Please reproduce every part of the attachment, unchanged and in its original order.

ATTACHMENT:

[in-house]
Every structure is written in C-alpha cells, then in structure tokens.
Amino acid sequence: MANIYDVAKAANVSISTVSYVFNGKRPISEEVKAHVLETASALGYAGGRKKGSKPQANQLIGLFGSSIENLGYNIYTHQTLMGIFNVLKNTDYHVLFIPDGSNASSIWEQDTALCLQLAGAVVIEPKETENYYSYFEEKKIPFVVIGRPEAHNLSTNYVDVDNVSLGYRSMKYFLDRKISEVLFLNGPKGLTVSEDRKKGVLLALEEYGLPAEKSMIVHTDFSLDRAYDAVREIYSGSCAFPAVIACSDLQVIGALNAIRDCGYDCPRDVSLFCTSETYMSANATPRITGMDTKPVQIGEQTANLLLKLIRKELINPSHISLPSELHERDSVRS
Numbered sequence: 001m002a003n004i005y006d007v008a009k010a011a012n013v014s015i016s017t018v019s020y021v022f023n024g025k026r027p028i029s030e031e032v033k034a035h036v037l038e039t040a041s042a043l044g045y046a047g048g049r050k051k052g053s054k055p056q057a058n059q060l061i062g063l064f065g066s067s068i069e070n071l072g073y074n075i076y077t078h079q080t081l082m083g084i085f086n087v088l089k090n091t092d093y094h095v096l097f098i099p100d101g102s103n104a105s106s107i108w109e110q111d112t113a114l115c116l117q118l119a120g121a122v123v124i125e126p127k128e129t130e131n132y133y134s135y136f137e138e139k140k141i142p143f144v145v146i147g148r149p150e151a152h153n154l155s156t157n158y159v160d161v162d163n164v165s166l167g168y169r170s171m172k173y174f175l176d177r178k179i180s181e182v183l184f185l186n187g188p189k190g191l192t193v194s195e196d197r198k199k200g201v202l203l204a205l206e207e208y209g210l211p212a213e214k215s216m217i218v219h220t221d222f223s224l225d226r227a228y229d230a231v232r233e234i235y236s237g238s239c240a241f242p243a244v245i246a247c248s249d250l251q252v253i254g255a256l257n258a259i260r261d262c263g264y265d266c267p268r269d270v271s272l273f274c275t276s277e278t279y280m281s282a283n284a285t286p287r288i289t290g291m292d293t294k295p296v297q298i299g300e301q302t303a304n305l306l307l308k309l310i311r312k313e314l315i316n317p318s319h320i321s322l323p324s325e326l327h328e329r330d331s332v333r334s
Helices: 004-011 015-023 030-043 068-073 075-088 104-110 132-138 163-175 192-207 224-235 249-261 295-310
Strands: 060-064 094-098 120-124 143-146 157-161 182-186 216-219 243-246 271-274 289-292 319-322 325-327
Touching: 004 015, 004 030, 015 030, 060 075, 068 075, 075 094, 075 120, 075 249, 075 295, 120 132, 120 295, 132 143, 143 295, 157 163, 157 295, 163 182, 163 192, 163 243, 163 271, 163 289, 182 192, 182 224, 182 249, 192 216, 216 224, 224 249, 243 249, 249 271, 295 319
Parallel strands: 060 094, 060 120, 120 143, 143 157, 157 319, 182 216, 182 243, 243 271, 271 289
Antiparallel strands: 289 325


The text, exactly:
[in-house]
Every structure is written in C-alpha cells, then in structure tokens.
Amino acid sequence: MANIYDVAKAANVSISTVSYVFNGKRPISEEVKAHVLETASALGYAGGRKKGSKPQANQLIGLFGSSIENLGYNIYTHQTLMGIFNVLKNTDYHVLFIPDGSNASSIWEQDTALCLQLAGAVVIEPKETENYYSYFEEKKIPFVVIGRPEAHNLSTNYVDVDNVSLGYRSMKYFLDRKISEVLFLNGPKGLTVSEDRKKGVLLALEEYGLPAEKSMIVHTDFSLDRAYDAVREIYSGSCAFPAVIACSDLQVIGALNAIRDCGYDCPRDVSLFCTSETYMSANATPRITGMDTKPVQIGEQTANLLLKLIRKELINPSHISLPSELHERDSVRS
Numbered sequence: 001m002a003n004i005y006d007v008a009k010a011a012n013v014s015i016s017t018v019s020y021v022f023n024g025k026r027p028i029s030e031e032v033k034a035h036v037l038e039t040a041s042a043l044g045y046a047g048g049r050k051k052g053s054k055p056q057a058n059q060l061i062g063l064f065g066s067s068i069e070n071l072g073y074n075i076y077t078h079q080t081l082m083g084i085f086n087v088l089k090n091t092d093y094h095v096l097f098i099p100d101g102s103n104a105s106s107i108w109e110q111d112t113a114l115c116l117q118l119a120g121a122v123v124i125e126p127k128e129t130e131n132y133y134s135y136f137e138e139k140k141i142p143f144v145v146i147g148r149p150e151a152h153n154l155s156t157n158y159v160d161v162d163n164v165s166l167g168y169r170s171m172k173y174f175l176d177r178k179i180s181e182v183l184f185l186n187g188p189k190g191l192t193v194s195e196d197r198k199k200g201v202l203l204a205l206e207e208y209g210l211p212a213e214k215s216m217i218v219h220t221d222f223s224l225d226r227a228y229d230a231v232r233e234i235y236s237g238s239c240a241f242p243a244v245i246a247c248s249d250l251q252v253i254g255a256l257n258a259i260r261d262c263g264y265d266c267p268r269d270v271s272l273f274c275t276s277e278t279y280m281s282a283n284a285t286p287r288i289t290g291m292d293t294k295p296v297q298i299g300e301q302t303a304n305l306l307l308k309l310i311r312k313e314l315i316n317p318s319h320i321s322l323p324s325e326l327h328e329r330d331s332v333r334s
Helices: 004-011 015-023 030-043 068-073 075-088 104-110 132-138 163-175 192-207 224-235 249-261 295-310
Strands: 060-064 094-098 120-124 143-146 157-161 182-186 216-219 243-246 271-274 289-292 319-322 325-327
Touching: 004 015, 004 030, 015 030, 060 075, 068 075, 075 094, 075 120, 075 249, 075 295, 120 132, 120 295, 132 143, 143 295, 157 163, 157 295, 163 182, 163 192, 163 243, 163 271, 163 289, 182 192, 182 224, 182 249, 192 216, 216 224, 224 249, 243 249, 249 271, 295 319
Parallel strands: 060 094, 060 120, 120 143, 143 157, 157 319, 182 216, 182 243, 243 271, 271 289
Antiparallel strands: 289 325